Incidents at the First Manassas Battle
By James Franklin, Jr., 1894
On the morning of July 17, 1861, the Eleventh Virginia Regimental Infantry did not, as was usual, do any drilling. We boys thought strange that no sound of tho drum had called us to our usual daily avocation. It had been drill, drill, drill, three times a day. We very soon found that there was something going on, as the orderly couriers and staff officers were moving from one headquarters to another. Very soon an orderly approached Col. Garland and handed in a paper. Our adjutant, J. Lavance Meen, ordered us to prepare for marching. In a very short time the regiment was in line in light marching order, and the head of the column in the direction of Bull Run. We were joined by the First and Seventeenth Virginia Regiments. These three regiments composed Gen. Longstreet's Brigade. We had been camped at Manassas for near two months, and several of the boys had gotten a dog or so. We marched direct to Bull Run, and halted just on the hill in a clover field, and the dogs jumped an old rabbit; the boys of the Eleventh joined in the chase, but Col. Garland ordered us, back into line in double-quick and gave us a severe reprimand, saying he was astonished that is regiment should so far forget their duties as soldiers, as to leave their places right in the face of the enemy and go rabbit hunting; that he very much feared that if we were to be engaged with the enemy we would want to go rabbit hunting. I remember vividly the impression he made upon me, which was that he feared our courage.
We were moved down in the undergrowth and give strict orders that we must make no noise and have no lights. There we remained all night. About daybreak of the 18th we were "chunked " up by the sergeants and corporals, with strict injunctions to be quiet. The First and Seventeenth Regiments were placed on each side of the lord (Blackburn's Ford). The Eleventh was marched up the stream some five hundred yards, and six companies were deployed on the hank of the stream, the left resting on the right of the Seventeenth Regiment. The other four were held in reserve under a bluff. The deployed companies commenced at once to fortify our lines. We used rails, logs, and what dirt we could get with our bayonets.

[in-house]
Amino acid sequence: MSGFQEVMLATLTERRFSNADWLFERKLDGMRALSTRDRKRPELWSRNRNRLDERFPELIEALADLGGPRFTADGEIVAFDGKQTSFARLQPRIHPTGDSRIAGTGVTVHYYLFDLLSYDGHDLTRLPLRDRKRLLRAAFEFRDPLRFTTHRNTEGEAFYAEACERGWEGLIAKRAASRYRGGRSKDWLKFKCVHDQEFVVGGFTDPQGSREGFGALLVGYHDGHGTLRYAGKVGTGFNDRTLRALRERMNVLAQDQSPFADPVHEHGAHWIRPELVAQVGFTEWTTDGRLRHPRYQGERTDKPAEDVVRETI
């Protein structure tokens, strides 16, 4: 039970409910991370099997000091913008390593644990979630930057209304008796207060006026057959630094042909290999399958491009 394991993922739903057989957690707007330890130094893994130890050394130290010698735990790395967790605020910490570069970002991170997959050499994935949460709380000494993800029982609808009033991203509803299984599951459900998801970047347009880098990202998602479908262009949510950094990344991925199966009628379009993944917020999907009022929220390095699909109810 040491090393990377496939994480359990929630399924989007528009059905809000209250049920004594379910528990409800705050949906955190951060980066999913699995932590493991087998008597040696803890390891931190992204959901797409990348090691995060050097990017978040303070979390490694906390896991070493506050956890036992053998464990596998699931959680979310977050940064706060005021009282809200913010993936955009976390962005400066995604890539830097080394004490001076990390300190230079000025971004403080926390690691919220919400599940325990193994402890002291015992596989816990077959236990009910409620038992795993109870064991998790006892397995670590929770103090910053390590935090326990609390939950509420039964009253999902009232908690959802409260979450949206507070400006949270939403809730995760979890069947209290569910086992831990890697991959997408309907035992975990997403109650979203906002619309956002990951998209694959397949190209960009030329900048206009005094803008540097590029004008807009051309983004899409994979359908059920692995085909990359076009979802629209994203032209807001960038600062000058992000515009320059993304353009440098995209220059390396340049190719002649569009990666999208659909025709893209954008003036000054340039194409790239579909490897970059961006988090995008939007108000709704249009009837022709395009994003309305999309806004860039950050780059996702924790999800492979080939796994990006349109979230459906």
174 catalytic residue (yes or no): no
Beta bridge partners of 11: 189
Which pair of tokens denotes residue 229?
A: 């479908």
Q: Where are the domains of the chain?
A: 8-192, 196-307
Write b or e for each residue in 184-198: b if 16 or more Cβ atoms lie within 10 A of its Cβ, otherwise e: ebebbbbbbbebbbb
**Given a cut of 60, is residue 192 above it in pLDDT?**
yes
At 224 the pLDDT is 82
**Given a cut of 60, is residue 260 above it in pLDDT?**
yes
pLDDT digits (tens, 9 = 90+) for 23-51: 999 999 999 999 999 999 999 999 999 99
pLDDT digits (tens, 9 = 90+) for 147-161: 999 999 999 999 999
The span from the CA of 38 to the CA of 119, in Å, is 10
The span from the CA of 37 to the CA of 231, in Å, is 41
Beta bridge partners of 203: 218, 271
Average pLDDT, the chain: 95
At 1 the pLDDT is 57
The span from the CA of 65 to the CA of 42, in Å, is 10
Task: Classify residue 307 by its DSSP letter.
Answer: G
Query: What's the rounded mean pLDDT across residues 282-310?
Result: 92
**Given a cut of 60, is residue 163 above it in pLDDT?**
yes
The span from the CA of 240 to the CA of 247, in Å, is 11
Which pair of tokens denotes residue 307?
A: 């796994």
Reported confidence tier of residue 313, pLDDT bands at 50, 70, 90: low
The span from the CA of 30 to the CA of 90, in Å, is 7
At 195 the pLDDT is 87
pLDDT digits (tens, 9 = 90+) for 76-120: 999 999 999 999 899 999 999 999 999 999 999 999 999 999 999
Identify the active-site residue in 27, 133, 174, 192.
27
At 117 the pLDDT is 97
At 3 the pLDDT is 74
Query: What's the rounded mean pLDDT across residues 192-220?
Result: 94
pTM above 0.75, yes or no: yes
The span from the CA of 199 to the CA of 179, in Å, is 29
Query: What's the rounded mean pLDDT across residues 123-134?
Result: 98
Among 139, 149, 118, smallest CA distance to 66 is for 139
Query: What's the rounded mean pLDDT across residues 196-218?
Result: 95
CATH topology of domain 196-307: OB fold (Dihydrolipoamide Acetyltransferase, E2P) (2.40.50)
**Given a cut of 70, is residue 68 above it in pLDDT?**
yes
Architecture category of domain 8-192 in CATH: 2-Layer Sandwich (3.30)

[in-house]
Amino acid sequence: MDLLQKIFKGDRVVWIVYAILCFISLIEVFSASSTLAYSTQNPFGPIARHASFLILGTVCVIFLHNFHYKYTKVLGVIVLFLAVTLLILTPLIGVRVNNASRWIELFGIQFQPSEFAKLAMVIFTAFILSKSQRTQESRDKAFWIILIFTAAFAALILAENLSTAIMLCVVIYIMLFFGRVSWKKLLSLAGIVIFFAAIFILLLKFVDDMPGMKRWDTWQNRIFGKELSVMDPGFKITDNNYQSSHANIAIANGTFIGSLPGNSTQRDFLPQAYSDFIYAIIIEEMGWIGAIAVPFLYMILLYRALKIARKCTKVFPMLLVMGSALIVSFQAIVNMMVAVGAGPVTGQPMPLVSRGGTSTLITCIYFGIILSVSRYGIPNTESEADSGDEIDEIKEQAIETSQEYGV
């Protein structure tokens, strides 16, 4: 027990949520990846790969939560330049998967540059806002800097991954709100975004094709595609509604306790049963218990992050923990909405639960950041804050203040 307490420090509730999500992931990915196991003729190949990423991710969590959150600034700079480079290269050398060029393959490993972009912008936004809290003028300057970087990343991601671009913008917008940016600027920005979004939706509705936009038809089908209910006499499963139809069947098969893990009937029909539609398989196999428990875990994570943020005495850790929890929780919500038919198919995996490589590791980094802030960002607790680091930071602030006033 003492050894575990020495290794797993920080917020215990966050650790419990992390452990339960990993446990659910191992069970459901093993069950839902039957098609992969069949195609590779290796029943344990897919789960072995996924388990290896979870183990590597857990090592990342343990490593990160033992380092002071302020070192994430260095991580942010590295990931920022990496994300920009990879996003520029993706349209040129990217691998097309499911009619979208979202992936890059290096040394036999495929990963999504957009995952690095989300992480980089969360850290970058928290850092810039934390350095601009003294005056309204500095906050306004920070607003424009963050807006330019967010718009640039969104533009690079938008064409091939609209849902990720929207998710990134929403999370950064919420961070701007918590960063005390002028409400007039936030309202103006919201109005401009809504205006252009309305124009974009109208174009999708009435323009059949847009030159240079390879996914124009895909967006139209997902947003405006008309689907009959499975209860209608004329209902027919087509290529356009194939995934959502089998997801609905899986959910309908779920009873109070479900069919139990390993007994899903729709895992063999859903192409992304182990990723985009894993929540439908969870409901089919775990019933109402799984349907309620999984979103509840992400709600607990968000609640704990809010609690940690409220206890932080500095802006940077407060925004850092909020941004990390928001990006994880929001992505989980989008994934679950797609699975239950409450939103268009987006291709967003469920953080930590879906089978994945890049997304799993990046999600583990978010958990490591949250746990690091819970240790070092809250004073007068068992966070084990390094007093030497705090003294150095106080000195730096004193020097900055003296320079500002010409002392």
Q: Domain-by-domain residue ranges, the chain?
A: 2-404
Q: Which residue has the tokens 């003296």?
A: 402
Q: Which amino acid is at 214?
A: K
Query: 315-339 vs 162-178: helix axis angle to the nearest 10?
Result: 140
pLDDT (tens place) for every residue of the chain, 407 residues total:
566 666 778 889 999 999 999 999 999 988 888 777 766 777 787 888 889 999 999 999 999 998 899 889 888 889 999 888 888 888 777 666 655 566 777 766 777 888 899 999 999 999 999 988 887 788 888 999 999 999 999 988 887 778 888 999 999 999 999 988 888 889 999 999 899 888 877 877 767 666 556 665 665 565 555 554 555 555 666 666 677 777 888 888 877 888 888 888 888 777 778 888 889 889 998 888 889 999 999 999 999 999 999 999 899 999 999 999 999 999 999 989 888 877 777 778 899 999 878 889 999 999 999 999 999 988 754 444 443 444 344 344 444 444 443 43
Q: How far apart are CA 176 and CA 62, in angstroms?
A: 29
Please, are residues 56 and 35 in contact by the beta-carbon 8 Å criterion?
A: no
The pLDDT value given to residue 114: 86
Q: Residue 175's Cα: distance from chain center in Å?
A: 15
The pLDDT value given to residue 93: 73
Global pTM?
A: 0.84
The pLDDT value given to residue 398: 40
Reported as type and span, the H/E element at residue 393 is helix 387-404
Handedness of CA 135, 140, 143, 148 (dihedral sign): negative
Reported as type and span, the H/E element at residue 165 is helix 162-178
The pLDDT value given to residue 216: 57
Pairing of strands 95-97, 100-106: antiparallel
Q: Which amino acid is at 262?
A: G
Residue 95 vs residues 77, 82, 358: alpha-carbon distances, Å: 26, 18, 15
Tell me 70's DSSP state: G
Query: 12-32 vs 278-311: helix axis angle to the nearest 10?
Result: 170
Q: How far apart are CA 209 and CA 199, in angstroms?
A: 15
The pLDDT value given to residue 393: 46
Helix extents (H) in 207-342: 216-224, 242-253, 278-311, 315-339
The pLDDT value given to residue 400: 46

One of my company, Jake, said to another: ”Dick, help me with this log."
Dick replied: "Jake, what are you going to do with that rotten log?"
"It is the best thing in the world to resist a bullet."
To this day, Dick tells tho story on Jack.
About nine o'clock while still making breastworks, the first cannon I had ever heard was fired from the Yankee line. Tho shot struck the ground very near a piece of the Washington Artillery, just on the hill to our right and very near the place of the rabbit chase of the evening before. The artillery at once moved back toward Manassas and the old McLean House. The second shot struck just to our left, and immediately in front of Gen. Bonham's South Carolina Brigade, and very near Kemper's Virginia Battery of Artillery. Tho third shot was a shell and exploded. In a short time we heard the bugle order of forward from the yankee line, and then it advanced. The enemy marched right down to the edge of the water, and his two lines did the best they could, but it only lasted a few minutes, when the enemy retreated, then all was as still as midnight.
In a very short time the enemy made the second attempt to force their way across the stream; both sides held their ground for a few moments, when the enemy plunged into the stream and our boys met them. One of Company E, I think it was Tom Sears, an Irishman, dropped his gun and grappled with a Yankee Irishman, and with the help of another he brought his prisoner into our lines. He was evidently the first prisoner captured. Maj. Harrison rode into the river. leaving his men, and was the first man killed on our side. While this was going on, our lamented Gen. J. A. Early came from our right with his old regiment, the Twenty-fourth Virginia, and I think a Mississippi regiment to reenforce Longstreet just as their line approached the edge of the bushes they mistook our men for the yanks, and some of them fired. Gen. Longstreet, being between his brigade and Gen. Early's line, jumped off of his horse to keep from being shot. His horse ran out and we thought the General had been killed.
We laid there in this line on the 19th and 20th. All the forenoon of the 21st we did nothing but listen to the fighting on our extreme right; but in the evening we heard cheer after cheer, which seemed to be in our rear, and we feared that our lines had been forced back. O, it was an awful feeling. Finally some one appeared as if riding for his life, and as he passed he tossed his head and exclaimed: "We have whipped them!" Then a great shout went up. We immediately advanced through the stream and up the hill to see the fleeing Yankees. Just in the road in the edge of the woods, we came across the cannon that had done the first firing on us. It was a long, black, steel gun. Just here, Col. Garland rode down the line and cautioned the boys not to pick up anything—if we saw a gold dollar, let it alone; that we were soldiers following a retreating enemy; that they might at any time make a stand and turn on us, and if we were disorganized they might whip us.
This article is from the Confederate Veteran, Vol. II, No. 10, Nashville, Tenn., October, 1894.